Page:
In part one, we looked at players that were striving to keep up with the group. This time we'll take a closer look at those that are most often overlooked; the players in the middle. Again, borrowing from the FA, we'll call this group "Those That Are Coping"
Those That Are Coping
Players that are managing to keep up within the session are somewhat in the middle and sometimes get missed by the coach. They aren't necessarily setting the world alight, but they also aren't struggling. It's important not to miss these players and find ways to challenge them appropriately.
If a player is coping, it might be that they only require slight adjustments and nudges in the right direction:
- Now that you can do the move, can you do it at your quickest speed?
- Well done on beating the defender, think about cutting across afterwards to close the door...
- That through ball was accurate, now can you put more weight on it so your teammate doesn't need a touch before finishing!
Praise Effort Over Results
I'm sure you'll have heard this one a lot recently in reference to player development and it's especially true within sessions. Let's say you've worked on a move for half an hour and it's now fully opposed against the defender - you want your players to try what they've just worked on!
If you praise the players that get success, players will want to do the same, whether that's using the technique you worked on, or their own! They'll naturally default to the technique that works best for them. This is natural, they want to get success AND earn your praise.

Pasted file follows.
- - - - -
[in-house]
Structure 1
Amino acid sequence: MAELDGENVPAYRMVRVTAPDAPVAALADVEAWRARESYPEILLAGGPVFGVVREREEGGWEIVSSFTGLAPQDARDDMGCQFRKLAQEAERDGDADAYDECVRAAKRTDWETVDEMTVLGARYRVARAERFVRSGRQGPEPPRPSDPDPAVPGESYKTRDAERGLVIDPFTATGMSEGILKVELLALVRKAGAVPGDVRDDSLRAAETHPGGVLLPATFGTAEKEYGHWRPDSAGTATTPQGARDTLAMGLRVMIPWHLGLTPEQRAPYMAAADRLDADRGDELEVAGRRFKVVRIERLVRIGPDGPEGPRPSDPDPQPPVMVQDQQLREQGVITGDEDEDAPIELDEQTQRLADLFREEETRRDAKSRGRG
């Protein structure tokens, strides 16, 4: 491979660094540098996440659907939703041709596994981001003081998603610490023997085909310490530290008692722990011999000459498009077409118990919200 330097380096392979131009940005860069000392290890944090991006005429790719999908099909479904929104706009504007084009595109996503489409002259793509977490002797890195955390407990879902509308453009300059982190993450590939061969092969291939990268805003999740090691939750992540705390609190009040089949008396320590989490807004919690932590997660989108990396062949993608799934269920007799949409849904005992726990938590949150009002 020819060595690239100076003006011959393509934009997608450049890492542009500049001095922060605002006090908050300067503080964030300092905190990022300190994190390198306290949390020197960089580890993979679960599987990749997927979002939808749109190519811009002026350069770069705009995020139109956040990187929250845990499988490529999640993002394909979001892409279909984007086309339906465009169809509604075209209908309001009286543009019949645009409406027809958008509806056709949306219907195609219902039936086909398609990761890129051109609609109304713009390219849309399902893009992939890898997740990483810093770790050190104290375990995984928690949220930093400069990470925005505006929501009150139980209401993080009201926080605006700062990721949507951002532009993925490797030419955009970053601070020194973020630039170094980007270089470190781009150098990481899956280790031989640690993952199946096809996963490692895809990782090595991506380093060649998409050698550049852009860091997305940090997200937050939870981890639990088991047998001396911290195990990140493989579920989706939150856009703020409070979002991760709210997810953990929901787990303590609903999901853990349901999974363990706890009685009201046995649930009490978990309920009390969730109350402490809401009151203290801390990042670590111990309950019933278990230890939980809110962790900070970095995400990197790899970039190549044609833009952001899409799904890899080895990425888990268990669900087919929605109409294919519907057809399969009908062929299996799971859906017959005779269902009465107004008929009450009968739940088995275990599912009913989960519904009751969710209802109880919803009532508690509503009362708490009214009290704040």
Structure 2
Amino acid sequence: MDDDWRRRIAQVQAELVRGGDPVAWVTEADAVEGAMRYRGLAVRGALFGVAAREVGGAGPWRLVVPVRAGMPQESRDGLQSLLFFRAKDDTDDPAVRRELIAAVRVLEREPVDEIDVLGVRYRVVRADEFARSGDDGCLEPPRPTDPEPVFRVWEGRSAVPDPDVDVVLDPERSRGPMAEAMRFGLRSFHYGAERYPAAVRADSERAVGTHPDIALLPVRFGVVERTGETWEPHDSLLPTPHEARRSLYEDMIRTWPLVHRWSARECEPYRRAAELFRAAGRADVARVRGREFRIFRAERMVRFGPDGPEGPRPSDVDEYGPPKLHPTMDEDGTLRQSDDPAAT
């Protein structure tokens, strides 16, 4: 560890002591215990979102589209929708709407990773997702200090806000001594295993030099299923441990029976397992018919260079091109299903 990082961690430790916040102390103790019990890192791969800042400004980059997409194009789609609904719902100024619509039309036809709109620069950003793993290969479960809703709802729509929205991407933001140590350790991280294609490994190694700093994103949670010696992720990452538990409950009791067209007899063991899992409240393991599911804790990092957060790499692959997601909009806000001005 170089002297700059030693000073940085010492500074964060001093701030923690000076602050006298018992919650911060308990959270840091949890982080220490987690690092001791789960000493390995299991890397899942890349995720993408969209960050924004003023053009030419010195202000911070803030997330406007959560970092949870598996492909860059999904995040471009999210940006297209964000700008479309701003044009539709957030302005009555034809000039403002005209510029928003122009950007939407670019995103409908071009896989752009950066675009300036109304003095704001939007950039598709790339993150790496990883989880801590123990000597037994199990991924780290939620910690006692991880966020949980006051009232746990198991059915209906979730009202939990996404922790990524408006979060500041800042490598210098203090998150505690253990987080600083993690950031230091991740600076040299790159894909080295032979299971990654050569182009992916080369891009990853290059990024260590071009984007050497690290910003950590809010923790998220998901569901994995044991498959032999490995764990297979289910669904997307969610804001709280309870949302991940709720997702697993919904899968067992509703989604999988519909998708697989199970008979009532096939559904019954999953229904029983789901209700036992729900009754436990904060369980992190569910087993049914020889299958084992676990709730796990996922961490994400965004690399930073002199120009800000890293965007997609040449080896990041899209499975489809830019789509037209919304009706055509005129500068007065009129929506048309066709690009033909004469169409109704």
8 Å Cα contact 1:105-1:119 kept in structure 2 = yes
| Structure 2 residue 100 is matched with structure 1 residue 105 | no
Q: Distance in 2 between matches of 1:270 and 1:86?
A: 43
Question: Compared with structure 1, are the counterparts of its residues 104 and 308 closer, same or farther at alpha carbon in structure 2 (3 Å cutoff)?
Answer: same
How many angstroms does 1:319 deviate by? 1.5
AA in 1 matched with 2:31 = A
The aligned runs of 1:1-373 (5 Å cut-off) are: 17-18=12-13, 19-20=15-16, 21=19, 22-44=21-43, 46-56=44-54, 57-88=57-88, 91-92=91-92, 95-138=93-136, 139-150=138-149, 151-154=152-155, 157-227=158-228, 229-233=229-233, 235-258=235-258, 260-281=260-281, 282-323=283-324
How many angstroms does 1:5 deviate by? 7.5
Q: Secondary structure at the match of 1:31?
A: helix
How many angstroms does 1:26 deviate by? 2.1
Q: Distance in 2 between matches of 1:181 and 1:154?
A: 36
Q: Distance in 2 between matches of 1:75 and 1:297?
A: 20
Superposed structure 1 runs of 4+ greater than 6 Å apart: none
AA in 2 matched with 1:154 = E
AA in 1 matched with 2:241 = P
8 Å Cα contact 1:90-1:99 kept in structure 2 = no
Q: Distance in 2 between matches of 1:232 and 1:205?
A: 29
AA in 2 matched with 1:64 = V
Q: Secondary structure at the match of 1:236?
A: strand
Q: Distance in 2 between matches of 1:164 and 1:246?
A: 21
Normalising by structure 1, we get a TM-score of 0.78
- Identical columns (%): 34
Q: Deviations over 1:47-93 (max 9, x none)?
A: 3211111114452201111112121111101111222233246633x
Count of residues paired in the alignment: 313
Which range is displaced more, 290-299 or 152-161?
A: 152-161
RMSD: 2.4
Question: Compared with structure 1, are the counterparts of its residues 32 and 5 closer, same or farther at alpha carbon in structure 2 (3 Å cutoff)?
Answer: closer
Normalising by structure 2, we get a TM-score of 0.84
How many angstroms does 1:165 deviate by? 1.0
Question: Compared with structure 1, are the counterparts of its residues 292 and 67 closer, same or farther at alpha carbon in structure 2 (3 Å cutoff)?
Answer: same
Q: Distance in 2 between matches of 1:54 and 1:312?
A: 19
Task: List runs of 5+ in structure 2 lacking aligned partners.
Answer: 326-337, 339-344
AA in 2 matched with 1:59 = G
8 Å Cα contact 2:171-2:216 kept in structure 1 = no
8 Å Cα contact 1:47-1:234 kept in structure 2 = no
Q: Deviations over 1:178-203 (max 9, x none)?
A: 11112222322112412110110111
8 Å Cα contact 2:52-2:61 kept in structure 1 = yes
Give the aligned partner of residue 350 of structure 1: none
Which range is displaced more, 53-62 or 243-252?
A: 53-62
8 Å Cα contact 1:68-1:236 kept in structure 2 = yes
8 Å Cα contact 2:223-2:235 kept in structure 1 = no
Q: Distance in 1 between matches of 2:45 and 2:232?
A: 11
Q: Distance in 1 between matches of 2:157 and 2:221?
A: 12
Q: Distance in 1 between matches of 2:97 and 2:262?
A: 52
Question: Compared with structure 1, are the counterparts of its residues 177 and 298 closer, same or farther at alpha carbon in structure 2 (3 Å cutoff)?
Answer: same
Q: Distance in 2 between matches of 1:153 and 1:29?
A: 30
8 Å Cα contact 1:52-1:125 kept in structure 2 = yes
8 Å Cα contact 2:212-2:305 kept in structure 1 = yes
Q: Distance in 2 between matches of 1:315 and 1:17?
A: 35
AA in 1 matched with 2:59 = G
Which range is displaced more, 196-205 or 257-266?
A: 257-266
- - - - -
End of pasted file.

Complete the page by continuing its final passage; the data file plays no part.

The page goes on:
If you praise the players for trying the move, other players will be encouraged to try it themselves and/or try and be the first one to pull it off. The more enthusiastic you can be when you see this moment in the activity, the more likely they are to try it!
Players that are coping will have a blend of success and mistakes within your activities. In order to best push these players on to the next level, it's important to identify mistakes and help players to correct them. One way to do this is to take them aside and work one on one. Tweak the technique, show them and once they've got it, have them show you, multiple times! By demonstrating the new and improved version, they can start to overwrite their previous repetitions with the better version. Practice doesn't make perfect. Practice makes permanent. So make sure those repetitions are the best they can be!
- Try to avoid overlooking those in the middle of the group, they need your attention too
- Consider ways you can drip feed information in - especially if it's not something everyone needs
- Your praise is powerful. Consider singling out the effort rather than the result
Written By: Dean Atkins